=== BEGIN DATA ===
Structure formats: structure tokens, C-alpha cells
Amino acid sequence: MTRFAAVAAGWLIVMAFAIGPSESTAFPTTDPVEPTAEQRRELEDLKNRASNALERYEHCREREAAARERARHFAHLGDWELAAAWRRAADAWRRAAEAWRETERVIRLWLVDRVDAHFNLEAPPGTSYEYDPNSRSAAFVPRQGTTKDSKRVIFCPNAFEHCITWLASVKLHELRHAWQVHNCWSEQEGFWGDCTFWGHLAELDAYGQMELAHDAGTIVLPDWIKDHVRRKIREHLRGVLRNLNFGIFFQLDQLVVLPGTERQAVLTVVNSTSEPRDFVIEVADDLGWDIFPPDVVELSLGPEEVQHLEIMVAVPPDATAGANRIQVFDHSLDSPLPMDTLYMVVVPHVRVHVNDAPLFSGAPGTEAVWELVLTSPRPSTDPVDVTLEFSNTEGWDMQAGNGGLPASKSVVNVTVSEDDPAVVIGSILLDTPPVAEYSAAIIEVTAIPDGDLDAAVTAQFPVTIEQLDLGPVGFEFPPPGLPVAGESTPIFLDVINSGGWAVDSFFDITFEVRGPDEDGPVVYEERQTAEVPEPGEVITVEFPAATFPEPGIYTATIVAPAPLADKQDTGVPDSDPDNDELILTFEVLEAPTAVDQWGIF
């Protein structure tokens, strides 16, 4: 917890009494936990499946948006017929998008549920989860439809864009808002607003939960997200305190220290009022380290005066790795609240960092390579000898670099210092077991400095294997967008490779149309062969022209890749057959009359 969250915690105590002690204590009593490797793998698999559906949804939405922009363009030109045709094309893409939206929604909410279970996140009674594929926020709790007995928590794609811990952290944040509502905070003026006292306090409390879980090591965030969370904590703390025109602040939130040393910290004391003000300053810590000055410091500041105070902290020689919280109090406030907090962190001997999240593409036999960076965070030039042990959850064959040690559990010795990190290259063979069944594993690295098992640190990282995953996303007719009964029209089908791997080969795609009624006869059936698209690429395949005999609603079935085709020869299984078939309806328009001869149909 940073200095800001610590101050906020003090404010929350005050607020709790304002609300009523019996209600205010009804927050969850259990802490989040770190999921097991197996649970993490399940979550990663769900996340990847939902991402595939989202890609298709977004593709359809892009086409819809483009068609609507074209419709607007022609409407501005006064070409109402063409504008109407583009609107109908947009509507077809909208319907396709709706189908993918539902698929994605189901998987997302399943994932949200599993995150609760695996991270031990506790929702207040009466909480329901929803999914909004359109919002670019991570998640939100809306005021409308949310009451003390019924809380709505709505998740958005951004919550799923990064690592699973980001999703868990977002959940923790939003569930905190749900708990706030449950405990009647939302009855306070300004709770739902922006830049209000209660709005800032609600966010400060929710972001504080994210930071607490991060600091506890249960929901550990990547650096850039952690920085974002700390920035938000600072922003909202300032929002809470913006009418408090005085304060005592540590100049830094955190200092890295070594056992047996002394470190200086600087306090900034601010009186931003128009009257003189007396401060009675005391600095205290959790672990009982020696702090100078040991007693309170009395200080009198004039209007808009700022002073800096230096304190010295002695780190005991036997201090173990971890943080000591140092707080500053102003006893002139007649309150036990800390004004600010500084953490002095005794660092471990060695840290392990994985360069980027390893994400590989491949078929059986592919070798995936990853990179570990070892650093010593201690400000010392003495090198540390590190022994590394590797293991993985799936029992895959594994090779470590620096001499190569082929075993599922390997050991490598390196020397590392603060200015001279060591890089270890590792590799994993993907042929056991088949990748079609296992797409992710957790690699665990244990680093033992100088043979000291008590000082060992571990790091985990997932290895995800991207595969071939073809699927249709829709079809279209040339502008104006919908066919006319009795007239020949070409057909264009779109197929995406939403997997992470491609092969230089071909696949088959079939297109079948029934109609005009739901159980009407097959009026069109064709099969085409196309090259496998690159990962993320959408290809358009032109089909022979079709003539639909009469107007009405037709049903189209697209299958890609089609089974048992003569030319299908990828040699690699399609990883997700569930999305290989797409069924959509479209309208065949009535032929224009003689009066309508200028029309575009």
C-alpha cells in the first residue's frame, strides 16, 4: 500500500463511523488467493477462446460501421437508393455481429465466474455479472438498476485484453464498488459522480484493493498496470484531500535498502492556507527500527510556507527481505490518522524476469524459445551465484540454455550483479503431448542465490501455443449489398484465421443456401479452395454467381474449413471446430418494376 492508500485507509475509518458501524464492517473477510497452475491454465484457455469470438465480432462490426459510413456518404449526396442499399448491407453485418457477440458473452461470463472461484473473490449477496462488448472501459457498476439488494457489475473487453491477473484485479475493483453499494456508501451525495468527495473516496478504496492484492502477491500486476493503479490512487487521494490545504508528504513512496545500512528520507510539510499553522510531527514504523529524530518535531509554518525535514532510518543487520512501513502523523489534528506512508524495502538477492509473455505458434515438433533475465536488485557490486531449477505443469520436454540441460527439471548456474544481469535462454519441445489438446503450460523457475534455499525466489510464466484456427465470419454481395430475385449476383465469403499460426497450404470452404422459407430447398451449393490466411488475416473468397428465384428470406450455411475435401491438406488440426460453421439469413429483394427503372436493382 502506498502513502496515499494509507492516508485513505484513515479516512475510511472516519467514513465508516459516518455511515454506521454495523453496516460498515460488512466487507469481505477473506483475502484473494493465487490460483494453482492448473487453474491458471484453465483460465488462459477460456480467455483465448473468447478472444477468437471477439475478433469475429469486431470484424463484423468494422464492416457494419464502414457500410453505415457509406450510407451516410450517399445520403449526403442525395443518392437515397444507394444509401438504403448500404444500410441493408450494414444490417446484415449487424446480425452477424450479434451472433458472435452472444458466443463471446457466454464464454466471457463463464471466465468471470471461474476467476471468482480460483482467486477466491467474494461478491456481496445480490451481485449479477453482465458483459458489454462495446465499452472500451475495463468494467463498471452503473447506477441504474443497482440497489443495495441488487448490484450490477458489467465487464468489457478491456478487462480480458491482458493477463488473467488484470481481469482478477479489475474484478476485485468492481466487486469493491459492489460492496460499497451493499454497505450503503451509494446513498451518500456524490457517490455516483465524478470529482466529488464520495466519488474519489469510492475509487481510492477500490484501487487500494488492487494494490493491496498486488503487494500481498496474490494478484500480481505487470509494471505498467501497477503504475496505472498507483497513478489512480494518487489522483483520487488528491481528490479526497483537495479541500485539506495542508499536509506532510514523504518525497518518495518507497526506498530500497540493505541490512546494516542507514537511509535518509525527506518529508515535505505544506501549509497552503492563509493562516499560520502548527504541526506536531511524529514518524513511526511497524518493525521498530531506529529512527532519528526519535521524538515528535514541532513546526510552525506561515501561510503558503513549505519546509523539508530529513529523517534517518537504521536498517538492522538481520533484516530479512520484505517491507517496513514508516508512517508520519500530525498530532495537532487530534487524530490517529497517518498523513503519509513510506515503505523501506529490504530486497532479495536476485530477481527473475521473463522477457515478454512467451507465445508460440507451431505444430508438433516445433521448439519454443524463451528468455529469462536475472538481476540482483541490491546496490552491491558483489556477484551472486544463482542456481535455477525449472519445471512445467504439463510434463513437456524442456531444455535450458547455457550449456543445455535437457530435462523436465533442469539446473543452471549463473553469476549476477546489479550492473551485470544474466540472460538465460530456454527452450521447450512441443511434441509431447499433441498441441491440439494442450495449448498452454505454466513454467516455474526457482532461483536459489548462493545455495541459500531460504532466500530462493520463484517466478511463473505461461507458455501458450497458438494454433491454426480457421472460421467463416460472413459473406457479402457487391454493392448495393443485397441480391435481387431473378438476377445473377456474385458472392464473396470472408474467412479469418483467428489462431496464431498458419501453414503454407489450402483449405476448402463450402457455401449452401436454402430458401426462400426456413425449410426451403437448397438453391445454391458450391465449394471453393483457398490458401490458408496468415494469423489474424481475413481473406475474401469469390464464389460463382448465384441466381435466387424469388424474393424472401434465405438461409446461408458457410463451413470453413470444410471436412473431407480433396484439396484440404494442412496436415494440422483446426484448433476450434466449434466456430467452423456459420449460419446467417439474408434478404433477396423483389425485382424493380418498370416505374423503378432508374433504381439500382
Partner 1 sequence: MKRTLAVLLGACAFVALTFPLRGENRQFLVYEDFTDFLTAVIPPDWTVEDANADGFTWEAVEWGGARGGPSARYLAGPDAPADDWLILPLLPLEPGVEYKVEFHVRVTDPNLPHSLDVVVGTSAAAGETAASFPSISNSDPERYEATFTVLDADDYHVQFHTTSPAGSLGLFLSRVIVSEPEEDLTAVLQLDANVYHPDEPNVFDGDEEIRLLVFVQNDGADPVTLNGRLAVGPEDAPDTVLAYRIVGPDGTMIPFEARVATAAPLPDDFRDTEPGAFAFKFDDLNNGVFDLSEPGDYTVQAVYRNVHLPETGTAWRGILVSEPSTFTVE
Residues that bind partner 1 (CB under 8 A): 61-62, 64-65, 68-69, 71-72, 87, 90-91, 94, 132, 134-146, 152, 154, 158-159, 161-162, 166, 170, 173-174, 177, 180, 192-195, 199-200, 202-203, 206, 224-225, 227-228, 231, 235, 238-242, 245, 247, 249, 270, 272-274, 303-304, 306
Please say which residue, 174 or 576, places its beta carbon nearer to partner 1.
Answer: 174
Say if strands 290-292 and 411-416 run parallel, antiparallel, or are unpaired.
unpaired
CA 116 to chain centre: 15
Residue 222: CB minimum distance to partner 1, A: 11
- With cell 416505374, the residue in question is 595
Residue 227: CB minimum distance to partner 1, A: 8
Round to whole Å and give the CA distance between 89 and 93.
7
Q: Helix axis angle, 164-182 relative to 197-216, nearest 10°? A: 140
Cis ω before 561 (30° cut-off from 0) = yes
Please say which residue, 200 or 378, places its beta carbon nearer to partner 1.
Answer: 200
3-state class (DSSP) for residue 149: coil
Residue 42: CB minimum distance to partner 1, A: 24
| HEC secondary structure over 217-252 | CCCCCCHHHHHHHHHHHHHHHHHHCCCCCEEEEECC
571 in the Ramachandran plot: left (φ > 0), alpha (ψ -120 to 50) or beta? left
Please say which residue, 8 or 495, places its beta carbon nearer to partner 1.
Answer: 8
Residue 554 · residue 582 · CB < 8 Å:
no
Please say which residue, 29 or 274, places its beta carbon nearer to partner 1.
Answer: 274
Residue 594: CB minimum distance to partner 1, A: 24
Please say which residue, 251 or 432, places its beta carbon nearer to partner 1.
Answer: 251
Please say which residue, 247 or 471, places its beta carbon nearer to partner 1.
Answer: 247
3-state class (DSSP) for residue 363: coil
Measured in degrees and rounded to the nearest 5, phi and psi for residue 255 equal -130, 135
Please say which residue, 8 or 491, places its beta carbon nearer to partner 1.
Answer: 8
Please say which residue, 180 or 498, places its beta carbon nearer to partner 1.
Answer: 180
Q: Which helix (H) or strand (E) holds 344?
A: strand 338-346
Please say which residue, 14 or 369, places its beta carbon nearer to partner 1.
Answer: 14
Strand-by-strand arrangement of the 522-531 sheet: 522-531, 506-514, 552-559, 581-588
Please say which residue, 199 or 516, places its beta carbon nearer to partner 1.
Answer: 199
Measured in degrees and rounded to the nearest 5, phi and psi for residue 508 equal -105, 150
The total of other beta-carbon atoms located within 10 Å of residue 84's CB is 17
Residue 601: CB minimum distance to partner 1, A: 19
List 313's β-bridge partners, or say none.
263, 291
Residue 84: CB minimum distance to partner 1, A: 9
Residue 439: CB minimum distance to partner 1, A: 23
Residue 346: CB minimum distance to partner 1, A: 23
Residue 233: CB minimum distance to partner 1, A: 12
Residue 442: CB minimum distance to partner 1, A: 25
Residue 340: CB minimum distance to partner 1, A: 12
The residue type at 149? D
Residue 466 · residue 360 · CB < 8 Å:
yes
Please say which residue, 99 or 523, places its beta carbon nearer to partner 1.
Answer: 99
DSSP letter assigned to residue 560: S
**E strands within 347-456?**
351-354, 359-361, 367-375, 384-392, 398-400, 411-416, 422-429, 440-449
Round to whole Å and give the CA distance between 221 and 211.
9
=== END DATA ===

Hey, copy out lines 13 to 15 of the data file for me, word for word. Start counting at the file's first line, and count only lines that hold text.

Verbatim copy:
- With cell 416505374, the residue in question is 595
Residue 227: CB minimum distance to partner 1, A: 8
Round to whole Å and give the CA distance between 89 and 93.